Two years ago, Man Haron Monis, an Australian of Iranian descent, took hostages in a Sydney café, killing two and wounding four. The terrorist had come to the attention of the Australian Security Intelligence Organization by mailing a letter to the attorney general asking about the legality of communicating with the Islamic State just two months before the café siege. Monis had also reportedly written hateful letters to the families of slain Australian soldiers and even pledged allegiance to Abu Bakr al-Baghdadi, the leader of ISIS, on his website.

It’s not just an overseas phenomenon, either.

Consider Omar Mateen, this country’s worst mass shooter, having gunned down 49 people in cold blood at Orlando’s Pulse nightclub. For ten months, the FBI had looked into Mateen.

Years before the Boston Marathon bombing, both the FBI and CIA tracked Tamerlan Tsarnaev, one of the bombers, due to a tip from Russian intelligence. But two years before he and his brother carried out that vicious attack, both the FBI and CIA had cleared Tsarnaev of “any ties to violent extremism.”


Likewise, the FBI had investigated the Fort Hood shooter, Nidal Hasan. (Remember that “workplace violence” incident?)

The same is true of Abdulhakim Mujahid Muhammad (formerly Carlos Bledsoe), who was under the active eye of the FBI’s Joint Terrorism Task Force from his return from Yemen until he opened fire on a Little Rock, Arkansas, recruiting station — killing one soldier and wounding another. Ditto Ahmad Khan Rahami, thankfully a far less effective terrorist. Rahami was captured last September after planting explosive devices in New York City and New Jersey, which injured 31 people.

“In case after case . . . authorities have come forward after the fact to say that they had enough cause to place the suspect under surveillance well before the violence,” the Washington Post recently noted. “This has been true of the majority of lone-wolf terrorism plots over the past several years.”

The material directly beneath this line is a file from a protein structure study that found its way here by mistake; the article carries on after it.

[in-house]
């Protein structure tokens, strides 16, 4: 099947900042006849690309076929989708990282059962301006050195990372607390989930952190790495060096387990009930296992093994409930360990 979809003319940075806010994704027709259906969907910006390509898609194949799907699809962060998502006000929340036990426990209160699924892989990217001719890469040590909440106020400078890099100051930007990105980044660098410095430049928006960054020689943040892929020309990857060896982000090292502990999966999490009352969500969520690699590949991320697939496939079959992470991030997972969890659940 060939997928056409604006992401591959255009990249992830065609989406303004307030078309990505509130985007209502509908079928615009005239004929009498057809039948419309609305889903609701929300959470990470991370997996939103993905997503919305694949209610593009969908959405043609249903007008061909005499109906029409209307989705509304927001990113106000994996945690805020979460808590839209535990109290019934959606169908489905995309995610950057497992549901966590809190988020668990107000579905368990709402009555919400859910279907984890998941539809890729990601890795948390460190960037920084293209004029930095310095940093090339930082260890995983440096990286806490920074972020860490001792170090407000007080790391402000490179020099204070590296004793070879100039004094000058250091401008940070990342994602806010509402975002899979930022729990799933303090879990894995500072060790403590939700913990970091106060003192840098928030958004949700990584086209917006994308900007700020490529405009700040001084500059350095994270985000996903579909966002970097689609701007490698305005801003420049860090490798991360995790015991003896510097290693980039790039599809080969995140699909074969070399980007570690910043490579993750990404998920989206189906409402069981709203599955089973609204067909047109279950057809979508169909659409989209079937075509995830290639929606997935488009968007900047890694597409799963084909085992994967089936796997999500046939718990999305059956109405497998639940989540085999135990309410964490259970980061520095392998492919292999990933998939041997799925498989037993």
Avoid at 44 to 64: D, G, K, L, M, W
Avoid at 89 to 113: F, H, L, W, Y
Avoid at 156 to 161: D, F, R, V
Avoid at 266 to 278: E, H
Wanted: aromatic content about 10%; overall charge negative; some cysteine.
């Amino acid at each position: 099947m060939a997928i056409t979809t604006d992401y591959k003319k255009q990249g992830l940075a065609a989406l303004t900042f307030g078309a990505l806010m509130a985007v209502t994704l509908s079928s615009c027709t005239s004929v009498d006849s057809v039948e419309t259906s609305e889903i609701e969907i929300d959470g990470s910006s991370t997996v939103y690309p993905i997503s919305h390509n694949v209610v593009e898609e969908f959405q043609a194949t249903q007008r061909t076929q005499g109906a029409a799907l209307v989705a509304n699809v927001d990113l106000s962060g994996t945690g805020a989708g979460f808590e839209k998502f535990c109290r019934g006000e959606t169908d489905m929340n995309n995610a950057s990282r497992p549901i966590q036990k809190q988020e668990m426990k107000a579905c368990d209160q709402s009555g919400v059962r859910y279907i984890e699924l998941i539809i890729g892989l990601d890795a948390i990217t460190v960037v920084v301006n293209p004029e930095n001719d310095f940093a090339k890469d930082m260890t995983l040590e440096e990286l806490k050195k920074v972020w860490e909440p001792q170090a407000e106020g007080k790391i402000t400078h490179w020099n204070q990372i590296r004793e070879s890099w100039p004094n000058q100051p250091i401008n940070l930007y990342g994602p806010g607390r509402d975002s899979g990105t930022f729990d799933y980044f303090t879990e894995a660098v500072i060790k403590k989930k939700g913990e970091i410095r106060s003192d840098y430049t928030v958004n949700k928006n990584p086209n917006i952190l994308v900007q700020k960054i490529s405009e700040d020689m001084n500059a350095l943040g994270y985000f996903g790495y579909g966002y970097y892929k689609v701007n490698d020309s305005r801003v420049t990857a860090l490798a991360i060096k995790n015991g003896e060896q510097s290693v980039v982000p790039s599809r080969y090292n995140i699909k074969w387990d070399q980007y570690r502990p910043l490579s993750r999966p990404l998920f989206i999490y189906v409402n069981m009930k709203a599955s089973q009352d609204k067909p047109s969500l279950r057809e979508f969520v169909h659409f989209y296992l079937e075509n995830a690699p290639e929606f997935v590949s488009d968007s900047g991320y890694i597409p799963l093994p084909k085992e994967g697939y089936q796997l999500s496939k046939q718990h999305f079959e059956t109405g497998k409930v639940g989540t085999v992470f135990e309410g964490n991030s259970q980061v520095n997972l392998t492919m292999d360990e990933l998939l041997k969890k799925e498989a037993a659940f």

“If any lesson can be learned from studying the perpetrators of recent attacks,” an analysis in The Intercept concluded, “it is that there needs to be a greater investment in conducting targeted surveillance of known terror suspects and a move away from the constant knee-jerk expansion of dragnet surveillance . . .”

Yet, U.S. intelligence agencies are still gobbling up massive portions of our metadata in violation of the Fourth Amendment. That needs to stop. As Benjamin Franklin once wrote, “Those who would give up essential Liberty, to purchase a little temporary Safety, deserve neither Liberty nor Safety.”


Moreover, for all the data collected, we have little to show for it. In terms of actually thwarting terrorism.

Asked about the Patriot Act and the NSA’s mass surveillance programs during the campaign, President-Elect Donald J. Trump was not definitive, but said he would “err on the side of security.” But on which side — for or against mass surveillance — would that put Mr. Trump?

The fact that our massive security apparatus, having access to mass surveillance, has consistently failed to stop threats by seemingly ignoring identified terrorist suspects suggests that curtailing mass surveillance won’t hurt our security. It may actually improve it.